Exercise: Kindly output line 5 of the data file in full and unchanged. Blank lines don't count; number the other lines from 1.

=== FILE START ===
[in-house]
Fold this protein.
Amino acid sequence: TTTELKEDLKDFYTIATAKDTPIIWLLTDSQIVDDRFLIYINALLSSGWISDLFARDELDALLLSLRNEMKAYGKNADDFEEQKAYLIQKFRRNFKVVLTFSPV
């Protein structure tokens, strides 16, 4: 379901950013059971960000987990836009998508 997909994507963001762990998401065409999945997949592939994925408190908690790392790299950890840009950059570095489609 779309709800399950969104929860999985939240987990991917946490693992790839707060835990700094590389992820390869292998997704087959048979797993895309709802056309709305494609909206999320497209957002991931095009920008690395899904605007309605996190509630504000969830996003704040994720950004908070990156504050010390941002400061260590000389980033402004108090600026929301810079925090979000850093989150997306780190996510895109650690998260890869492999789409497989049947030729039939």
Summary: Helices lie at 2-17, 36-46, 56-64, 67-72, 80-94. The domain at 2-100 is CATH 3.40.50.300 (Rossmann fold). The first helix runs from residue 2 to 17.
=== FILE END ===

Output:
Summary: Helices lie at 2-17, 36-46, 56-64, 67-72, 80-94. The domain at 2-100 is CATH 3.40.50.300 (Rossmann fold). The first helix runs from residue 2 to 17.